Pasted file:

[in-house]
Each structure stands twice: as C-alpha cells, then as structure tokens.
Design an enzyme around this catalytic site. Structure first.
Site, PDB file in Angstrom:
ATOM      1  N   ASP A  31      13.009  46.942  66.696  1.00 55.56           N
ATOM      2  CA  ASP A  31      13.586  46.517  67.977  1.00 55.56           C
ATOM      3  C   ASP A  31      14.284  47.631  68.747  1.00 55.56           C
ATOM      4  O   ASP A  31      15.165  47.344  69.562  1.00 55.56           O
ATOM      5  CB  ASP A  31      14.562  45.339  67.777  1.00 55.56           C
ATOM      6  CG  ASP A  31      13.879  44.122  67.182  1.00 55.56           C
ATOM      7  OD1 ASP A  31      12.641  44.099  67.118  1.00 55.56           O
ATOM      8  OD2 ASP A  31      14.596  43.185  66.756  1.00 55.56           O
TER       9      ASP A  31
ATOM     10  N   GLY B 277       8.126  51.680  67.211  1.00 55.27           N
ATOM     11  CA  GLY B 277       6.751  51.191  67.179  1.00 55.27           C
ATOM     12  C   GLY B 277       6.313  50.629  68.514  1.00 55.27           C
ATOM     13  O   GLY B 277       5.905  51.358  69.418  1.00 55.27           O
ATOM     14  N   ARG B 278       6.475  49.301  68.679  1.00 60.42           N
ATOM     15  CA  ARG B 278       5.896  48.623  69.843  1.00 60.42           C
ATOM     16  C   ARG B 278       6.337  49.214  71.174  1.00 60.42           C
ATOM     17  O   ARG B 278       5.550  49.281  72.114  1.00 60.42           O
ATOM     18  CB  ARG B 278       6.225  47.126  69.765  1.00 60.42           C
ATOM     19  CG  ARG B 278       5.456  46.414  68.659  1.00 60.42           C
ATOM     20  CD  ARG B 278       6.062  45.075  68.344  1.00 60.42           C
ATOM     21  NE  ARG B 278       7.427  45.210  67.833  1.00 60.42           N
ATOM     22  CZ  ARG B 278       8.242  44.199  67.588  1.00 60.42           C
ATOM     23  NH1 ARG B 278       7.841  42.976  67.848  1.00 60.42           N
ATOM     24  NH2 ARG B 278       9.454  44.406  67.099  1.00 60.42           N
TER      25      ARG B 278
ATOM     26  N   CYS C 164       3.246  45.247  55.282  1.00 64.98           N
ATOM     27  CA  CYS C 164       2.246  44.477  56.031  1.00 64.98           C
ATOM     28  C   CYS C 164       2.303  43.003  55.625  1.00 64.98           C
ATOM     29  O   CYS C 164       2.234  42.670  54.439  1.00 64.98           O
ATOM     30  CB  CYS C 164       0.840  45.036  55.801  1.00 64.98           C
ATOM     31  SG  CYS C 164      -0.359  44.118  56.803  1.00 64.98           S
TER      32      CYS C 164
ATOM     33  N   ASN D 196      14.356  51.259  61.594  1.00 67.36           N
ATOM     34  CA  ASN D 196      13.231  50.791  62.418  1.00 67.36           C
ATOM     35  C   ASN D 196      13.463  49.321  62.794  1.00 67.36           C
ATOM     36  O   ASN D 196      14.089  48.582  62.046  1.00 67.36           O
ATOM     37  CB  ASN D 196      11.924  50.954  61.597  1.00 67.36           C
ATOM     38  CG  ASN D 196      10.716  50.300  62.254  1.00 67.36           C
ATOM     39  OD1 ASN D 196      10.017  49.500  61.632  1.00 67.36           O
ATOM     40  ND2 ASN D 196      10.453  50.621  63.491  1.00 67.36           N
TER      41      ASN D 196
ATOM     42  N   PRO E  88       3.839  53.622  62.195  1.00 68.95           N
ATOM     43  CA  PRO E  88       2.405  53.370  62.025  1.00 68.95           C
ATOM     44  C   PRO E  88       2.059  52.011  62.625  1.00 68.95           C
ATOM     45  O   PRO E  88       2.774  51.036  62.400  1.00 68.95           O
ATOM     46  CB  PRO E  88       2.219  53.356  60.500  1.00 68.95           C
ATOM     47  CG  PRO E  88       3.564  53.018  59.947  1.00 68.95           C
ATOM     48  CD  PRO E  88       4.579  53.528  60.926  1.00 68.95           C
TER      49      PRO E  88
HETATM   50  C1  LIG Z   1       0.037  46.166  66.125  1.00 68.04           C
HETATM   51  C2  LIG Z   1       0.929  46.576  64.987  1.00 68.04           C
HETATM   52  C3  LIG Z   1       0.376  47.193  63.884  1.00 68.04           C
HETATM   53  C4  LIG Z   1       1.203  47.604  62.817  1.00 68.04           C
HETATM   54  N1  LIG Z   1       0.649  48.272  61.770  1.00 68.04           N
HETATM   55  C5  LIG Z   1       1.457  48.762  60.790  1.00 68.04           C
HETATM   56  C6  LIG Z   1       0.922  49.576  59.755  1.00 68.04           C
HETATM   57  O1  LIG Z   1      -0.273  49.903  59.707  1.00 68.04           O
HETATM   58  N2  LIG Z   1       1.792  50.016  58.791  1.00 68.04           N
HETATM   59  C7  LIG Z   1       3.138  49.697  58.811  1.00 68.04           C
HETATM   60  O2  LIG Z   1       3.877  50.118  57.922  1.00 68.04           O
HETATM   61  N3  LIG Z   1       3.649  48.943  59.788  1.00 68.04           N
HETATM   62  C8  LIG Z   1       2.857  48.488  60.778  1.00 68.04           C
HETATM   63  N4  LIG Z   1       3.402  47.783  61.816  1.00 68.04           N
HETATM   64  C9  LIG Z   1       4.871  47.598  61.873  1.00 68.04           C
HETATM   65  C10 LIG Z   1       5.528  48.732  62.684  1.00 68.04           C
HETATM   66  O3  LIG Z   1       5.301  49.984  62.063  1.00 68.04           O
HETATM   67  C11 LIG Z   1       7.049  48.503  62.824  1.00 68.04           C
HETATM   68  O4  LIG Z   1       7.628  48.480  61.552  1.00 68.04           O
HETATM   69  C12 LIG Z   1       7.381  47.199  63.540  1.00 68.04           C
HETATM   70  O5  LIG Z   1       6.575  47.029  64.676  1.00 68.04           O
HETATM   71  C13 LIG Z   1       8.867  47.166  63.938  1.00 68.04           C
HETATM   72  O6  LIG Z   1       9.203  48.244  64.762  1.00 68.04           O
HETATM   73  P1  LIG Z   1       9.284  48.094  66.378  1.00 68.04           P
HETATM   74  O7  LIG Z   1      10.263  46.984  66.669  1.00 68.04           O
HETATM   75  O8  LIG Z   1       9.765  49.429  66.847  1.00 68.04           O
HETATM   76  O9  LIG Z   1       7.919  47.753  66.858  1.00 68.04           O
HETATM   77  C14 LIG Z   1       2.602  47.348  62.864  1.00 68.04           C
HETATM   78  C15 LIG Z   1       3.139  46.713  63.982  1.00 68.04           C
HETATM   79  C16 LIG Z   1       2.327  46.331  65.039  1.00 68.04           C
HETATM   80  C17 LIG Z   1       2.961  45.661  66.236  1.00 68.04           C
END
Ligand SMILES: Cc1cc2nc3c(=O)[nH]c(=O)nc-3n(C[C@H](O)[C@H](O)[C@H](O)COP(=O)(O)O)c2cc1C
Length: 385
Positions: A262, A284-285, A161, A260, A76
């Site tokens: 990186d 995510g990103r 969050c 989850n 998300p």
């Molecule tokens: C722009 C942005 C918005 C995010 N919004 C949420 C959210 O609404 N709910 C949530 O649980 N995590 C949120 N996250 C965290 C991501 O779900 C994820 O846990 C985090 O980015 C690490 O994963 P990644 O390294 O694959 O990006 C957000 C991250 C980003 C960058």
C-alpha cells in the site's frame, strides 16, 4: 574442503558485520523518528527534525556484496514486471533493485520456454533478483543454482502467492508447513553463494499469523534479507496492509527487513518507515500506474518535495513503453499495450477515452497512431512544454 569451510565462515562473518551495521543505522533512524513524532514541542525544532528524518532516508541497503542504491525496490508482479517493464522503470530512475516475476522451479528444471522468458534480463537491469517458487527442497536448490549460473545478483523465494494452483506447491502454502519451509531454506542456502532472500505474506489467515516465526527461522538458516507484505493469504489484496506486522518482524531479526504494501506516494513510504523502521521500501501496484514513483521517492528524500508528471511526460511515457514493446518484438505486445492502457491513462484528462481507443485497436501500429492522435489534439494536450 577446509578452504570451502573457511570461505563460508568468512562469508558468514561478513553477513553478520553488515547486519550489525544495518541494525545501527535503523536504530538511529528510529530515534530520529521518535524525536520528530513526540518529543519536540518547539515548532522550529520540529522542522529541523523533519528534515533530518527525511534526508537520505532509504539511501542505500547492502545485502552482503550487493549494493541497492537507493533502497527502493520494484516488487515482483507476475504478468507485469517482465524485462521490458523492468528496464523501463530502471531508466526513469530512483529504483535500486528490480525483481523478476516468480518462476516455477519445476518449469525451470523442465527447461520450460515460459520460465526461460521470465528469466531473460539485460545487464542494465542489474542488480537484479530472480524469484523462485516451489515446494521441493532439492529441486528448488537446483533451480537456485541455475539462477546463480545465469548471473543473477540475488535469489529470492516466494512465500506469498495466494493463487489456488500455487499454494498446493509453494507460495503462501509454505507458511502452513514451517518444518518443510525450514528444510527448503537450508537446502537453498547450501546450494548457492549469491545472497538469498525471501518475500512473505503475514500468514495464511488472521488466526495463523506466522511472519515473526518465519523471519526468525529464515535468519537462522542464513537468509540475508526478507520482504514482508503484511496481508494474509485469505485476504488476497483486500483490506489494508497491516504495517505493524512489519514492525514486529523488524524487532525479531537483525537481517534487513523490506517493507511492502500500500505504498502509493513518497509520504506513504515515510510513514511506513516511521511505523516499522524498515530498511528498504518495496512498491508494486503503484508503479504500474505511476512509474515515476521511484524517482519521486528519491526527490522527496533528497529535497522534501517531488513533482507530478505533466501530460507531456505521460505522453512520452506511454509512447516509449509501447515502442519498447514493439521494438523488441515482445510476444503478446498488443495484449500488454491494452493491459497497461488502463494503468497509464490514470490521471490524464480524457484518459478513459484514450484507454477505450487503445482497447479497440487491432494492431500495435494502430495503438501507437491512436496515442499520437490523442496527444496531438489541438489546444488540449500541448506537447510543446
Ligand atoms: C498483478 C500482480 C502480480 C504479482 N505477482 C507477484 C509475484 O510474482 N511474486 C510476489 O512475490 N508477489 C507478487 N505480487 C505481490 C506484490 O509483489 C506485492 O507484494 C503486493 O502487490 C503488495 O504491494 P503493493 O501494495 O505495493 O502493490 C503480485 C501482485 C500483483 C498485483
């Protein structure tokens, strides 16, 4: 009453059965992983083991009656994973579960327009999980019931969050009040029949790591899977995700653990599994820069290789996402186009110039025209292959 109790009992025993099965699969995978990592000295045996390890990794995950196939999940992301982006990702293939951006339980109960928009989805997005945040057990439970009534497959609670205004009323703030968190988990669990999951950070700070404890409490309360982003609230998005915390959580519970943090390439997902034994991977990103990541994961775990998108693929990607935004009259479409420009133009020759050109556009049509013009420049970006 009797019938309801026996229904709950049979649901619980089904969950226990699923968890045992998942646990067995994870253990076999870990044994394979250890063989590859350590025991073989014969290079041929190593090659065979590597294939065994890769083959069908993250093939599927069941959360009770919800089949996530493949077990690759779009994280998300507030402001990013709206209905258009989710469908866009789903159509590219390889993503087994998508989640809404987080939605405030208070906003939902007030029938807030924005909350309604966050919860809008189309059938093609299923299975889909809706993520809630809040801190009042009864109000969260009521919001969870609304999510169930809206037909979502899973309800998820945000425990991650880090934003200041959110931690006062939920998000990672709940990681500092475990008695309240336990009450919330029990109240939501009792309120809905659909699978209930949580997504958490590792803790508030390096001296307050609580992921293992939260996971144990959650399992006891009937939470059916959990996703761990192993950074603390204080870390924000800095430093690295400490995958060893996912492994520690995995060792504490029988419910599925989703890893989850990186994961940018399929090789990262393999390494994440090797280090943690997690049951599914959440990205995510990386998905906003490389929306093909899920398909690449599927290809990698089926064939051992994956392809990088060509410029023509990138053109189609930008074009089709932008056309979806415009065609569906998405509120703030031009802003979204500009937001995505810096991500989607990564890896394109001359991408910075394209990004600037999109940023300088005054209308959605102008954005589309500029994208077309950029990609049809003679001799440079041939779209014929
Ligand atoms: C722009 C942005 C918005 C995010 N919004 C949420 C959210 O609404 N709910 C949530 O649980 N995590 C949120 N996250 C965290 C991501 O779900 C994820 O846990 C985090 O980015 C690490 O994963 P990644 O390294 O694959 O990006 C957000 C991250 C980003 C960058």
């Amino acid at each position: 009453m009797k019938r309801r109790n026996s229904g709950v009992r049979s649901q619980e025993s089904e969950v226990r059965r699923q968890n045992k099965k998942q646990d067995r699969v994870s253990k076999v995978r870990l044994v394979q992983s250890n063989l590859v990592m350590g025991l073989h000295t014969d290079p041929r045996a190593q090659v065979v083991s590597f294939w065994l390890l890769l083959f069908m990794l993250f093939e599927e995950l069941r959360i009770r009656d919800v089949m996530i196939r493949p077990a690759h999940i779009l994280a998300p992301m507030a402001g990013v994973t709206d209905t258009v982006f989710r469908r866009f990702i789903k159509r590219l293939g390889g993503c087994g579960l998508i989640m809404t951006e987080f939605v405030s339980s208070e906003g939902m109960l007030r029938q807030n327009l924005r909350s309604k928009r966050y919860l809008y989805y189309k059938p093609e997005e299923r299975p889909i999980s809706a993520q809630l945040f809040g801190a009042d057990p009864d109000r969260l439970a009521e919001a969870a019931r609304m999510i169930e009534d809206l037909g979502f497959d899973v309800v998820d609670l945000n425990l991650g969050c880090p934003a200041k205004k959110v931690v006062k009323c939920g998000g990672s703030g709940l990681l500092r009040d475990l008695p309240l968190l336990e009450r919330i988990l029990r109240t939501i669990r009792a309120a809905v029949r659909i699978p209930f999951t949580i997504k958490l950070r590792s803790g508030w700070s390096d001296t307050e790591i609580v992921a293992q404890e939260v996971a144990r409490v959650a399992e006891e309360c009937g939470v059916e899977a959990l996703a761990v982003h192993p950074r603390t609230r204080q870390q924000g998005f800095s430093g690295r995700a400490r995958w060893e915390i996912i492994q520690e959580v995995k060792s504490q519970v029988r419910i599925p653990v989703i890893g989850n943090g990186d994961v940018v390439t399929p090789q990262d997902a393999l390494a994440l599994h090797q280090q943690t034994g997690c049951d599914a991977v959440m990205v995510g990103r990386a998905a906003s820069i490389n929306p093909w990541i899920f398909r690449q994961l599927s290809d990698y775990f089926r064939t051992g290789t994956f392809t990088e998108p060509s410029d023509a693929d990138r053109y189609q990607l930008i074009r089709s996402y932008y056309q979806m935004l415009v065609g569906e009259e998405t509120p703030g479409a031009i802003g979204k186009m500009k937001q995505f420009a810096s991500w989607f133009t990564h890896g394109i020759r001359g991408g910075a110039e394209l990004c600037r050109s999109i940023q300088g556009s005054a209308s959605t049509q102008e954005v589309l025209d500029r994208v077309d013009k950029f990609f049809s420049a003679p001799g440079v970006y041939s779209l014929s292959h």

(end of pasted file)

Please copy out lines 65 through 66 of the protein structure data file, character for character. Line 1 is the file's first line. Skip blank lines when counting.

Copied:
HETATM   61  N3  LIG Z   1       3.649  48.943  59.788  1.00 68.04           N
HETATM   62  C8  LIG Z   1       2.857  48.488  60.778  1.00 68.04           C